My name is Morag Halley and I purchased my first commercial machine to make my own perfect coffee at home in the mid 1990’s. I became a fan of coffee pods and set up my own company in 2006 and became a coffee pod supplier, beans and coffee machines. We then ventured out and became a premium Coffee Pod Supplier

I am a firm believer that, “Life’s too short to drink bad coffee”




Looking for the best coffee?

Coffea Arabica | Arabica

Arabica is generally more expensive than Robusta because it’s hard to grow and produce. Coffea Arabica is a fussy plant, only thriving at high altitudes with 20 degrees Celsius or less around the equator (in other words: not much rain). The most highly sought-after arabica beans also grow on hillsides, making them incredibly difficult to harvest, especially since they’re larger than Robustas! They are known for their vibrant flavours that change depending on what time of year you drink them (some people say this type has sweeter tones). They are loved by connoisseurs who appreciate complexities such as fruitiness combined; fruits, florals, chocolate and nuts, although their acidity is higher than Robusta.

Arabica is the world’s most popular coffee type, equating to over 60% of cups. It has an extensive taste range from sweet and soft to sharp and tangy. When unroasted, the Arabica beans smell like blueberries and are more oval in shape than their coffee bean sister Coffea Canephora – which is more circular in shape.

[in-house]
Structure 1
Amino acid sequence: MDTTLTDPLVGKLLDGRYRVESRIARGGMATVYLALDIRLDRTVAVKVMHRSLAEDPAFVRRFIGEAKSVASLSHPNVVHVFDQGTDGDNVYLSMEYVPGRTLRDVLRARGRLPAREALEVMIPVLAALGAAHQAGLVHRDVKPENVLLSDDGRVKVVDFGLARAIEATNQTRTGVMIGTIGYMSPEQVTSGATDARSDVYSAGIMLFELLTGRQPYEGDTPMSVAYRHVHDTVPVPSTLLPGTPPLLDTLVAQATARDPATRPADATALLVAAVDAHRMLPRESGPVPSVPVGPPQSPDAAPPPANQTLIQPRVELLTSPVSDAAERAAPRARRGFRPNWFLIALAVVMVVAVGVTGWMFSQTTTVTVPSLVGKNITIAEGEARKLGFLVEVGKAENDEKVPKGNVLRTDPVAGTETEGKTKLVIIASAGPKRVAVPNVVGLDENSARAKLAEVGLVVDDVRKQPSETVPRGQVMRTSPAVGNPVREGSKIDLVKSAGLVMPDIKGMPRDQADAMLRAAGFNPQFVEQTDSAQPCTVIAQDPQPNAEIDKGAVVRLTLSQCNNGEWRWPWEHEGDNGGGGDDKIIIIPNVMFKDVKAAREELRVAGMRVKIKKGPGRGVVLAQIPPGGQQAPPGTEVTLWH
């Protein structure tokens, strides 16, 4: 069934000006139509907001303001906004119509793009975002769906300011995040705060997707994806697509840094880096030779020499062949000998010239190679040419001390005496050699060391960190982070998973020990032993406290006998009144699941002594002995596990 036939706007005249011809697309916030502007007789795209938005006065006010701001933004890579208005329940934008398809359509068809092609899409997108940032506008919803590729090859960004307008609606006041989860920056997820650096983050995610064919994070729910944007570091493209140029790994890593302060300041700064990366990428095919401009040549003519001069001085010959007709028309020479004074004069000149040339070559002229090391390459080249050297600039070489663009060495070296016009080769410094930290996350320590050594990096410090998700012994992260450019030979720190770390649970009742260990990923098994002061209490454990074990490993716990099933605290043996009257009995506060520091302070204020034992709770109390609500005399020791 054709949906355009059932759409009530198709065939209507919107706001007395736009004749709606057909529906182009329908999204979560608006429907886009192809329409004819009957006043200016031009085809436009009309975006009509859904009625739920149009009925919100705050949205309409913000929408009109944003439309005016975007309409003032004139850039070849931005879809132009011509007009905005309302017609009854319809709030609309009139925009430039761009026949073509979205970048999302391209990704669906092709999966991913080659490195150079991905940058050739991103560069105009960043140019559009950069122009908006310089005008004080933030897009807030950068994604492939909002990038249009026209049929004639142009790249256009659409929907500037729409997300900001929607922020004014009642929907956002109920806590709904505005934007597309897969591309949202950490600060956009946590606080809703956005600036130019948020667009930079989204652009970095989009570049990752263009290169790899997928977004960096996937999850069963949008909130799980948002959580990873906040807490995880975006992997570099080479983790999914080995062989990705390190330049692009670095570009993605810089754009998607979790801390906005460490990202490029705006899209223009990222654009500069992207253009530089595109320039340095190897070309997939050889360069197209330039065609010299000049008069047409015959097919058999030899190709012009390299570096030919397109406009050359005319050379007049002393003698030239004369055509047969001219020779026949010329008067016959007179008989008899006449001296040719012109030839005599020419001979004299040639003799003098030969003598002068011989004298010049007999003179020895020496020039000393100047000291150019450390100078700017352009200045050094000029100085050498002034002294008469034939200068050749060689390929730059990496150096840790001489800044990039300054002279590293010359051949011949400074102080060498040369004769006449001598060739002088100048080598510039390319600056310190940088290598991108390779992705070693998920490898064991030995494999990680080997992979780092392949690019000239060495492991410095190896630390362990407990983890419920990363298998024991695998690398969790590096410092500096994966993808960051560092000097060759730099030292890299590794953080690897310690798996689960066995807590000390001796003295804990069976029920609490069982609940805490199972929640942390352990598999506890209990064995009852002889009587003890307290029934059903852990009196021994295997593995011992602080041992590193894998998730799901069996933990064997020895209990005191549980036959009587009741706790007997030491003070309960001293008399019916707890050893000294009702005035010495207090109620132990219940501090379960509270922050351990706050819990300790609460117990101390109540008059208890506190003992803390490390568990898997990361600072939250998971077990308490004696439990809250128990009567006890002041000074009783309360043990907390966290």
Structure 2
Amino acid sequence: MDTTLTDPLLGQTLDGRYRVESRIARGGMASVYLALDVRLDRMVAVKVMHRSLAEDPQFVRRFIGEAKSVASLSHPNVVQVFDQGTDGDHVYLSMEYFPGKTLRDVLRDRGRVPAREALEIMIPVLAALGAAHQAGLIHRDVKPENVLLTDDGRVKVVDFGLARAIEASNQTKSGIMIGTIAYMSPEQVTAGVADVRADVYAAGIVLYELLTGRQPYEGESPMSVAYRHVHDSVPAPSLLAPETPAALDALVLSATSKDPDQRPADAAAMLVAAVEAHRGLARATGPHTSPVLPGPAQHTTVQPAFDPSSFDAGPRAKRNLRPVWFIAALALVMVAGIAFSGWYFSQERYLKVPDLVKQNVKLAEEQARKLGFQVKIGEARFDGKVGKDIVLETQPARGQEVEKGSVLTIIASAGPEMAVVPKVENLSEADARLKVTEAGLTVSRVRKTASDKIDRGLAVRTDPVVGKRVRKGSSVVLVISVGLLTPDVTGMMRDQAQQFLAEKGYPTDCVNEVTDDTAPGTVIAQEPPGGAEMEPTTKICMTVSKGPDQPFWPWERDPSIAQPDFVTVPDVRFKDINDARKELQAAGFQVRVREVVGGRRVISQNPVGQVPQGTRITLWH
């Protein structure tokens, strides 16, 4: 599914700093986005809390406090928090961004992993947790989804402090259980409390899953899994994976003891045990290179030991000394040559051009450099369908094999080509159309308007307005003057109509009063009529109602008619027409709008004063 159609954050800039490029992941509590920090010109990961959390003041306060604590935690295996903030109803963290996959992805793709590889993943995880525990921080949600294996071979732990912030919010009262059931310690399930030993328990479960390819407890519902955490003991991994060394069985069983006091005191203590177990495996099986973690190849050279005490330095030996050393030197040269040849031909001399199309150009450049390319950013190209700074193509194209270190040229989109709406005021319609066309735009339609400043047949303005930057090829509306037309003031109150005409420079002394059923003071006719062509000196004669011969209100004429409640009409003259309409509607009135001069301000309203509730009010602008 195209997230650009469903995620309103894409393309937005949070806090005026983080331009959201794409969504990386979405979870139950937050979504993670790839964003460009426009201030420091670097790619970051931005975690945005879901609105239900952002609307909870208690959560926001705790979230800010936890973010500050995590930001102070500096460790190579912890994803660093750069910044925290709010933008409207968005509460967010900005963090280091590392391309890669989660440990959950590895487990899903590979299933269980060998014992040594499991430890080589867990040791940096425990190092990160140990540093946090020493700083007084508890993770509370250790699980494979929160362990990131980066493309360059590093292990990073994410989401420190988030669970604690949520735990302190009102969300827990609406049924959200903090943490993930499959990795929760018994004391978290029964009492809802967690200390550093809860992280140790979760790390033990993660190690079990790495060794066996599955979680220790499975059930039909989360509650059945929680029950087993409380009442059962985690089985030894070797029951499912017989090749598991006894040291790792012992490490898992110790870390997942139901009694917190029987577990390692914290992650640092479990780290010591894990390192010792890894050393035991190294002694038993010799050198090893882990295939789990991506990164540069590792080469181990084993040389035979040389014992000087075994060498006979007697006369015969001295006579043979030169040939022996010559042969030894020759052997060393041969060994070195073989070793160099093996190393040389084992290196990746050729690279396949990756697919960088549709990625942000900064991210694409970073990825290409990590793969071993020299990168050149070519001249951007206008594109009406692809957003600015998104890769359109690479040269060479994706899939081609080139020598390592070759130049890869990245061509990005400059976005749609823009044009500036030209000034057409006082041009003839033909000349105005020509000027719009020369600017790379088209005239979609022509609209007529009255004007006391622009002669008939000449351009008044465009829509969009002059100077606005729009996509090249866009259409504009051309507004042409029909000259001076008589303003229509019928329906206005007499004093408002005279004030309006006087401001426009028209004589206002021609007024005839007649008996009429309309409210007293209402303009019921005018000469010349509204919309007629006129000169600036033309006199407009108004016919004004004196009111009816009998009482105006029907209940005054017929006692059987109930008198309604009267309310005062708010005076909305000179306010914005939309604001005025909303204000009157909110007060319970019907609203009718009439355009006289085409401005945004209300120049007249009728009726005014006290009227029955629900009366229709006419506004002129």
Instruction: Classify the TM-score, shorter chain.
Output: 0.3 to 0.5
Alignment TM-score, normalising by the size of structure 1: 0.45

Coffea Canephora | Robusta

Robusta coffee comes from the Coffea canephora and is the second most popular coffee in the world, behind Arabica. Robusta can be grown in low altitudes and are highly resilient, heat tolerant and disease-resistant, often grown in altitudes lower than 800m in the eastern hemisphere. Pests despise the bitter caffeine flavour and steer clear of chomping on Robusta. So this all makes them easier to grow, but they lack the unique flavour profiles that can be present often in the arabica coffee beans.

The most obvious difference between Robusta and Arabica coffees is that one costs less. However, this may only sometimes be an advantage for those who love a robust cup of coffee, to begin with! For example: while it’s true there are more caffeine molecules in each bean (almost twice as many in Robusta), they have a lower flavour profile.

The bean is more astringent and bitter in flavour but less acidic. Many think Robusta has an oatmeal-like taste, somewhere between neutral and harsh. Unroasted Robusta beans smell sort of raw peanutty, and they have less sugar and lipids than Arabica. They are commonly used in instant coffee, which works well with the high caffeine concentration in each bean.

If you are looking for a mix of Arabica and Robusta – try Lucaffee Classic Pods; we love this coffee; it is an authentic Italian-style espresso blend of 80% Arabica beans with 20% Robusta.

Or would you like to try Lucaffe 100% Arabica Pods, a fine blend with a sweet and aromatic taste for a delicate coffee with pleasant acidity?